Wat een kracht.quote:
Bizar om die curve zo te zien...zo onvoorspelbaar kan het dus zijnquote:Op woensdag 11 mei 2016 11:08 schreef mouzzer het volgende:
Foto van het schadepad van de 'stovepipe' tornado:
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Zo te zien bovenstaande foto de plek welke vanaf minuut 10 in onderstaande video te zien is waar de tornado de weg over lijkt te steken maar dan stuk terug gaat om z'n pad weer te vervolgen. Op de foto is te zien dat hij op dat moment precies tussen de 2 witte gebouwen door is gegaan.
Ik begreep dat er een "satelite"-tornado rond dat systeem hing. En die zou dan tegen de gebruikelijke richting draaien. Maar vaak zijn die satelites veel zwakker en wordt er minder op gelet.quote:
Thx !quote:Op woensdag 11 mei 2016 18:56 schreef i2Them2 het volgende:
Ik begreep dat er een "satelite"-tornado rond dat systeem hing. En die zou dan tegen de gebruikelijke richting draaien. Maar vaak zijn die satelites veel zwakker en wordt er minder op gelet.
Hier onder een video die het proces kort en bondig uitlegt (rest van de video is ook ZEER interessant).
quote:An Oklahoma Tornado Rewrites the Rule Book
Overshadowed by the mighty EF4 and EF3 tornadoes that tore across south-central Oklahoma last Monday, May 9, another less damaging twister--from the same thunderstorm--has left seasoned scientists both astonished and fascinated. This tornado, which struck near Roff, OK, was rated an unexceptional EF1 on the Enhanced Fujita Tornado Damage Scale. However, the Roff tornado stands out in several other ways.
—It was an anticyclonic tornado, meaning that it rotated clockwise rather than counterclockwise. A few such twisters probably occur each year, but they account for only perhaps 1% of all U.S. tornadoes—and that’s a very rough estimate, according to tornado climatology expert Harold Brooks (NOAA National Severe Storms Laboratory). In fact, the Storm Data procedures maintained by NOAA include no specific requirement or methodology for reporting whether or not a tornado is anticyclonic.
—It developed in the “forward flank” part of the storm, enveloped in rain-cooled air. “This is the first time I’ve ever heard of a well-developed anticyclonic tornado buried inside the forward-flank core,” said Roger Edwards (NOAA Storm Prediction Center), who has predicted and observed tornadoes for more than 25 years.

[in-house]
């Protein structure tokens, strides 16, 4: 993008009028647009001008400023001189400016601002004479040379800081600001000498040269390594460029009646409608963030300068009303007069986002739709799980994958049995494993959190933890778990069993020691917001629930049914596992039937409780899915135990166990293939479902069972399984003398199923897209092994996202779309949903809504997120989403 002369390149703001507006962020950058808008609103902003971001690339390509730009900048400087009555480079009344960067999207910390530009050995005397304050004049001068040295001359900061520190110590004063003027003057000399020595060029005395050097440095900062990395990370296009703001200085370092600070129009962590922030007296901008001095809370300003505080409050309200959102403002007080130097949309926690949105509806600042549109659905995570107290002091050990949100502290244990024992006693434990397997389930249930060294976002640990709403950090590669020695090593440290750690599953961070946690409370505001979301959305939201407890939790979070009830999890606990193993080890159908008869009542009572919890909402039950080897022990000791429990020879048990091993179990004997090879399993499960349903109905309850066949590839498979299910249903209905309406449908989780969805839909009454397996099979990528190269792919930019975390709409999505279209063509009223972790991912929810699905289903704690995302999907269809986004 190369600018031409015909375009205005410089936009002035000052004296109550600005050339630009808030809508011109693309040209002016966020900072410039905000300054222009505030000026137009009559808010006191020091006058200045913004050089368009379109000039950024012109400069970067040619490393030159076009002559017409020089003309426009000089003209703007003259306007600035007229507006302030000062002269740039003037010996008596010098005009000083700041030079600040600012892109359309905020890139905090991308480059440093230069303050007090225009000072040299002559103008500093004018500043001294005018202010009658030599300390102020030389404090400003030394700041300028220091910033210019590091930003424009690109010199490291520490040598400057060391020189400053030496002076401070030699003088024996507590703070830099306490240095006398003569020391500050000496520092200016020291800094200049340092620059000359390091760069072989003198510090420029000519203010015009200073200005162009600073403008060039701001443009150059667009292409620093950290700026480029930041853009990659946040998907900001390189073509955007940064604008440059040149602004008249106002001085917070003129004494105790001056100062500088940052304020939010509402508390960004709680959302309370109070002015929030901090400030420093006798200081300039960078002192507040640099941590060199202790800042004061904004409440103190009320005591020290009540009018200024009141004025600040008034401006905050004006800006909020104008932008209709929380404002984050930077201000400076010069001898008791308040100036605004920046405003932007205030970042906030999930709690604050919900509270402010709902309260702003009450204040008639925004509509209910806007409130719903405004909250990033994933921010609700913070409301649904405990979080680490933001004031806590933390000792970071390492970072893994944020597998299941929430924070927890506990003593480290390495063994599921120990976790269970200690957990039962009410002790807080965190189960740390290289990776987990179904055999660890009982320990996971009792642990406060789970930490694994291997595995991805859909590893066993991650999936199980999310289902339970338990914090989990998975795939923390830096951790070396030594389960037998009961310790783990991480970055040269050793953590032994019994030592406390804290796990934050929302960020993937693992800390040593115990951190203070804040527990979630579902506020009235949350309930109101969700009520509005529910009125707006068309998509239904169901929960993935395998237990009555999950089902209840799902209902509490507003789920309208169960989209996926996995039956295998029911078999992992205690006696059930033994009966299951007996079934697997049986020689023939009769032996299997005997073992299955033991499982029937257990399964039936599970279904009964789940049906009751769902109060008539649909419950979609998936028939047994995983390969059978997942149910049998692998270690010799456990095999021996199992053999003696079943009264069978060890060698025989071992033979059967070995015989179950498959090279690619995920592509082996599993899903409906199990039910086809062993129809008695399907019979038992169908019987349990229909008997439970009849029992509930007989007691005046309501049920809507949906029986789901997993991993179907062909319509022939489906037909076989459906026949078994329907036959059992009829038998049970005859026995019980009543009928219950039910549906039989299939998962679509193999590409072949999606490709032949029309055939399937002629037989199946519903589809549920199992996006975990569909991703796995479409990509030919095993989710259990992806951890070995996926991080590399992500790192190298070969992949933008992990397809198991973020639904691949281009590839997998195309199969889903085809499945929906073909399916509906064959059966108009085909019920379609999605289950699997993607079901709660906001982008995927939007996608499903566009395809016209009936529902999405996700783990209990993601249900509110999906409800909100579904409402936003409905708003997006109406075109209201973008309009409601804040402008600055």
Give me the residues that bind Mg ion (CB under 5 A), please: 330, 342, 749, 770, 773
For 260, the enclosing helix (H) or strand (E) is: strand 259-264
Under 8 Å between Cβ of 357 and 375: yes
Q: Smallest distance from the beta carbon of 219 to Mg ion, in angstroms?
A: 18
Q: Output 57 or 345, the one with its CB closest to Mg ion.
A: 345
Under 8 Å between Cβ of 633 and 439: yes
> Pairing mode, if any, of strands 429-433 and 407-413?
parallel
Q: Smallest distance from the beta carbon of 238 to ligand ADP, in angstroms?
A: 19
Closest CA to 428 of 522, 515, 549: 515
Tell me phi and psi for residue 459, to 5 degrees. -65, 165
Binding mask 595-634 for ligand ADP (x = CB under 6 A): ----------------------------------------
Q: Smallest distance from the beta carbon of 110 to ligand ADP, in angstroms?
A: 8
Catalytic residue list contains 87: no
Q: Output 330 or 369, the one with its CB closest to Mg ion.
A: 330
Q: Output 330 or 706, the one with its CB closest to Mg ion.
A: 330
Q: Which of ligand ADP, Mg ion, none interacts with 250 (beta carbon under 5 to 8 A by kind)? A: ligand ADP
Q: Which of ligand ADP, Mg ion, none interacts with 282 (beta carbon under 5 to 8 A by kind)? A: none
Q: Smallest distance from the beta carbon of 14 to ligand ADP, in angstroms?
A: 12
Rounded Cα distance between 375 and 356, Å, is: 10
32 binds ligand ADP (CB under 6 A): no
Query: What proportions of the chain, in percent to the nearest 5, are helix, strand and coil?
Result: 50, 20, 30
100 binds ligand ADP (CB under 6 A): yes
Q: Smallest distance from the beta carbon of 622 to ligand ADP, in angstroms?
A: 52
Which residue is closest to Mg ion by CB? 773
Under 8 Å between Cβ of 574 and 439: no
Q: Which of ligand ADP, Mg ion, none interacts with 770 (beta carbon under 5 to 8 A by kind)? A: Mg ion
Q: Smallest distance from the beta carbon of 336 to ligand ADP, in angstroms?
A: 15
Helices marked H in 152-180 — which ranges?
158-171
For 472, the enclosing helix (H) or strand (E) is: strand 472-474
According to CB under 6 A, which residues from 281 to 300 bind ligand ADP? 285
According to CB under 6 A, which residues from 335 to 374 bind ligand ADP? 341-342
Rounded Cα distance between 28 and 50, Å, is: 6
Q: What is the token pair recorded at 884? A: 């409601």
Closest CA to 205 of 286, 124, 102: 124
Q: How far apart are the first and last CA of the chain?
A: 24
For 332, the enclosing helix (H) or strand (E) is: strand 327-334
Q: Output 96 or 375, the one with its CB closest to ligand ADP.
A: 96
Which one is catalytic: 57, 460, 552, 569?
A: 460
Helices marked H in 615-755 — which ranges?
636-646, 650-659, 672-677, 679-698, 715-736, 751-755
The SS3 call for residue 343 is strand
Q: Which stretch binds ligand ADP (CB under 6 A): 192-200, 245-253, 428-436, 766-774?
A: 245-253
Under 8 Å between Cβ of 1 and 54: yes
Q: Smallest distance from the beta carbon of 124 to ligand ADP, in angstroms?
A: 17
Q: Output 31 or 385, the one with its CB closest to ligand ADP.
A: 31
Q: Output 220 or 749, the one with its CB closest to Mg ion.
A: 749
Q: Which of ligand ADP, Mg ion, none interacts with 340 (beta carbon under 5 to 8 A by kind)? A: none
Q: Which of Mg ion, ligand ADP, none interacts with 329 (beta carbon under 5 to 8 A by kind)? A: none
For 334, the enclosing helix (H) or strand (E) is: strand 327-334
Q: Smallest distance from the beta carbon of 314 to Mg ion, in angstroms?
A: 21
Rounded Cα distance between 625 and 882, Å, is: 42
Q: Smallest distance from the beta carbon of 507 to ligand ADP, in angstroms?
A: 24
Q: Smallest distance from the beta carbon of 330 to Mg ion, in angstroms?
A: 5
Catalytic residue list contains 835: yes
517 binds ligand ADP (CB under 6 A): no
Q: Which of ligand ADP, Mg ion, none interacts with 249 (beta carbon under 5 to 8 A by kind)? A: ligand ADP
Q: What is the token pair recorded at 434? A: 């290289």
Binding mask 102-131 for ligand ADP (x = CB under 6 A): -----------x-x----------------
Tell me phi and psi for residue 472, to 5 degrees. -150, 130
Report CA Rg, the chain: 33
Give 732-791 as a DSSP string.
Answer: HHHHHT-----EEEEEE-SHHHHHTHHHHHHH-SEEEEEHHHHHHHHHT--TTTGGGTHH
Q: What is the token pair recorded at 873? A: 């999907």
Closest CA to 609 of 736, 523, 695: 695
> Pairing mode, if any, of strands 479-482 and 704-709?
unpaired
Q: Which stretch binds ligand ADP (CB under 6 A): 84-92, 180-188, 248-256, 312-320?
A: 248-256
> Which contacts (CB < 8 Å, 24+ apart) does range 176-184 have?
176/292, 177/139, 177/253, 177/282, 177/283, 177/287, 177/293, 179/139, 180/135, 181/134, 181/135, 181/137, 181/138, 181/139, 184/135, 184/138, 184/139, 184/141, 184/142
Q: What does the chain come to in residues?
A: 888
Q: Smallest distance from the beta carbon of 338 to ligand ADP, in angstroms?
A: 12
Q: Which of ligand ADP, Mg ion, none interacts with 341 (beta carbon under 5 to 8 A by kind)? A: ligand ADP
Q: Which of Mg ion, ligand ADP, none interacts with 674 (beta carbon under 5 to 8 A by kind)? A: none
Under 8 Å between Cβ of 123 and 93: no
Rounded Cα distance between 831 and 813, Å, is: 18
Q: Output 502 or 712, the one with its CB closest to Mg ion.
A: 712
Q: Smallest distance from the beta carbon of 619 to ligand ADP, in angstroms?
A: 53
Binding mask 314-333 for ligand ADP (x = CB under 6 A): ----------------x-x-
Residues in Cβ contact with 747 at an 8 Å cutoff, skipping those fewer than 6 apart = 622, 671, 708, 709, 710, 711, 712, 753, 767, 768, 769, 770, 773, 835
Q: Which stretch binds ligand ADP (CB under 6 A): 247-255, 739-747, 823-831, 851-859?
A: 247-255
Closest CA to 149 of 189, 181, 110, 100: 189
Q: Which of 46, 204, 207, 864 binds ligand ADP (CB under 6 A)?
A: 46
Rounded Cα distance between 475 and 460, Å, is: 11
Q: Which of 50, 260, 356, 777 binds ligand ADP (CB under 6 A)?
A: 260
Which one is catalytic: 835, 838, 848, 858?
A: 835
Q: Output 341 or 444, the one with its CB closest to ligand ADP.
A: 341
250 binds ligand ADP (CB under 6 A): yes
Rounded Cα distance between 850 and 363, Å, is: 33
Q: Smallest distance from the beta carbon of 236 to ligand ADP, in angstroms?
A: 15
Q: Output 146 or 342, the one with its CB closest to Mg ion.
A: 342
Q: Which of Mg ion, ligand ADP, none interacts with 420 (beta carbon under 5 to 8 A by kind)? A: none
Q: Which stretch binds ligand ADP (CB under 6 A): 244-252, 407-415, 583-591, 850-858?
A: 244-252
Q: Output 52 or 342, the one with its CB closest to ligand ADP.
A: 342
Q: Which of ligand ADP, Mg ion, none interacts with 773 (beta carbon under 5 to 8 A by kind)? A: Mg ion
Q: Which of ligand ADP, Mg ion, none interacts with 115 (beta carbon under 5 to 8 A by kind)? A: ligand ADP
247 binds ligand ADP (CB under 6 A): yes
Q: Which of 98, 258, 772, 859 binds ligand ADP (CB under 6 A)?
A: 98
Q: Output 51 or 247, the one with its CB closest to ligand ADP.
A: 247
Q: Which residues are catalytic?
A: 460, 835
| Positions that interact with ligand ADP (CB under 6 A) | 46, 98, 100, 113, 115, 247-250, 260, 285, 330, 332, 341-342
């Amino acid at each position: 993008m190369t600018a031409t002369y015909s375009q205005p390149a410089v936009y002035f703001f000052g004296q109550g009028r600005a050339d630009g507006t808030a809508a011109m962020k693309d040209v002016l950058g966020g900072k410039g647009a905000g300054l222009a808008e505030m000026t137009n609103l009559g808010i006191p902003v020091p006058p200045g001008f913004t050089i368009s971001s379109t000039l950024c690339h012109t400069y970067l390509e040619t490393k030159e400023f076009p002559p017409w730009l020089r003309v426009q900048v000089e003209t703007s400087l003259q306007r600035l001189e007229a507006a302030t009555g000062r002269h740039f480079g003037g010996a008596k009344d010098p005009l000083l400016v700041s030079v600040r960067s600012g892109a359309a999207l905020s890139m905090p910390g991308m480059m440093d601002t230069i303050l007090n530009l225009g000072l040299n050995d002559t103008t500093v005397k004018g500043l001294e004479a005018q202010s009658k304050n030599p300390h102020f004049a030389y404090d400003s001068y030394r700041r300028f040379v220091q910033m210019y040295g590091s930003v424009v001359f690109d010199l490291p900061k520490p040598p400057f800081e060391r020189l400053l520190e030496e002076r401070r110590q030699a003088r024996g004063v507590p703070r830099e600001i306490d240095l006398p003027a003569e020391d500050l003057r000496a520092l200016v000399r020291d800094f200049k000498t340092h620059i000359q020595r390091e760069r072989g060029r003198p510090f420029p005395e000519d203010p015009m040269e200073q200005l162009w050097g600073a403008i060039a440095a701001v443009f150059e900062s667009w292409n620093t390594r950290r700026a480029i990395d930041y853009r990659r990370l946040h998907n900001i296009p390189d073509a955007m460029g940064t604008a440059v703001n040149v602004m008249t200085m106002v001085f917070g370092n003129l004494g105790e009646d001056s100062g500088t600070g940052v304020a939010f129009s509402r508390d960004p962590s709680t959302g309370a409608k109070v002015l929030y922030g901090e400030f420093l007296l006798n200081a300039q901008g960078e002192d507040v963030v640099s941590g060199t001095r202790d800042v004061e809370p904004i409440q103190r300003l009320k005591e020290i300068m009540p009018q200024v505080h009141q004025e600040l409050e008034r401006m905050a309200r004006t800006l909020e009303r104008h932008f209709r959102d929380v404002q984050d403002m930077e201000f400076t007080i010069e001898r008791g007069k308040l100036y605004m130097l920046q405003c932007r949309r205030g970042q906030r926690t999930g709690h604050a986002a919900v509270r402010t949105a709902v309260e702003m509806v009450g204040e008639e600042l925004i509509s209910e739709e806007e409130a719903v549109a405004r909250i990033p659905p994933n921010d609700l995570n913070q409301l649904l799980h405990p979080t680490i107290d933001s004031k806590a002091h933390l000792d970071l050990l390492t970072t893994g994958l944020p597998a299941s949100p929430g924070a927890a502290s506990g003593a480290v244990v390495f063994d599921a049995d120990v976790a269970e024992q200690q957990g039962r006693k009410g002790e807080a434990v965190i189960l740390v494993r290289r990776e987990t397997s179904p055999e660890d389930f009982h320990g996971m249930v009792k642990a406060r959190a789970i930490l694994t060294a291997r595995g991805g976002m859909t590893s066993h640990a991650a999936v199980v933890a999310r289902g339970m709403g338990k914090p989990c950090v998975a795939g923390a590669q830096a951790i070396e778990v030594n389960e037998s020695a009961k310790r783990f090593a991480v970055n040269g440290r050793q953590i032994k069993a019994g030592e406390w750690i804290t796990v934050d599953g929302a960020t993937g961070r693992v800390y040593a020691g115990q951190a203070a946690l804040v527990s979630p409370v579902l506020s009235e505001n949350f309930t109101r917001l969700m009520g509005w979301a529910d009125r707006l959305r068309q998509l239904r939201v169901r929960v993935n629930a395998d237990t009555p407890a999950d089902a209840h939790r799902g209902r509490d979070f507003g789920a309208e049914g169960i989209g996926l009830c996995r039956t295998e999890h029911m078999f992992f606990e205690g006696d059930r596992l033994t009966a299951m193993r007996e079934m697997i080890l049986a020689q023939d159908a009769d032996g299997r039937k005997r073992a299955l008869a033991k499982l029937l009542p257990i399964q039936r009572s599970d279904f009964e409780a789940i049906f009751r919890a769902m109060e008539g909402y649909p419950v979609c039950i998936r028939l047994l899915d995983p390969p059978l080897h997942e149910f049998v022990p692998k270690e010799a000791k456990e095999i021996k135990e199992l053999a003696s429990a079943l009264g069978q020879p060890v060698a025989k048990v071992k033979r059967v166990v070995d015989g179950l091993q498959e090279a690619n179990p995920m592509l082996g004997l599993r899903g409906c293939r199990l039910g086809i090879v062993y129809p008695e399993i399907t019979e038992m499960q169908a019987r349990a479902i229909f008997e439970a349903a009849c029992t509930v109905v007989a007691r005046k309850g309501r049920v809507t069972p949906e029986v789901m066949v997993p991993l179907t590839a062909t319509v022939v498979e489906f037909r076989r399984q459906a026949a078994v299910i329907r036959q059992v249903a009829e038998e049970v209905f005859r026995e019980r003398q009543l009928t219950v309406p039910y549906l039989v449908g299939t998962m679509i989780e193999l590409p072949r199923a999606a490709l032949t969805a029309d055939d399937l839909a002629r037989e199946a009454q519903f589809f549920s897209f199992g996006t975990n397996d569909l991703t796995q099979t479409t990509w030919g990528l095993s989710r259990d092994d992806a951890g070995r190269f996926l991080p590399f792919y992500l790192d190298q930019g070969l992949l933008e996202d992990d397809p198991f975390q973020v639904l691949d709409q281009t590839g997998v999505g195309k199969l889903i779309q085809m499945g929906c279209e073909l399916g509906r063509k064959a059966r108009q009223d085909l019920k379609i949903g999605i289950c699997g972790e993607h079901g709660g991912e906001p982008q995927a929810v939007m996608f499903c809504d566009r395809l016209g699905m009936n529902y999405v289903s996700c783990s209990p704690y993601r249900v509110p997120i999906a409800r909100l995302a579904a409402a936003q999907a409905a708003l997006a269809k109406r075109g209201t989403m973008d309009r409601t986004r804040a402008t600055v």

—Its damage path was initially estimated to be as much as 13 miles long, as documented in a preliminary storm survey conducted by the National Weather Service in Norman, OK. If confirmed, this path length will likely be a record; I have been unable to find evidence of any other anticyclonic tornado with a path this long. The estimated duration of 35 minutes might also end up as a record-setter for anticyclonic tornadoes. However, reanalysis of the damage could reduce the estimated path length and duration, as the radar signature of the tornado was shorter-lived, according to Gabriel Garfield (University of Oklahoma/CIMMS/NWS), who participated in the storm survey.
he scarcity of anticyclonic tornadoes is not a direct result of the Coriolis effect, which makes tropical cyclones spin cyclonically. The Coriolis force actually has little direct influence on circulations as small as tornadoes (not to mention toilets or other drains that happen to cross the equator). What appears to be the main driver is the wind shear that produces rotating supercell thunderstorms. In the Northern Hemisphere, a blossoming supercell will often split in two, with one cell angling to the right of the mean upper-level wind, spinning cyclonically, and the other angling leftward and rotating anticyclonically. Rightward-moving, cyclonically-spinning cells are the ones better positioned to ingest warm, moist air and grow more vigorously. Thus, most tornadoes are cyclonic, spawned by mesocyclones within cyclonically rotating supercells. (This Wikipedia page includes a nice conceptual diagram of a supercell thunderstorm.) Toward the outer edge of a storm's rear-flank gust front, there can be anticyclonically rotating features; very rarely, one of these will spin up an anticyclonic twister.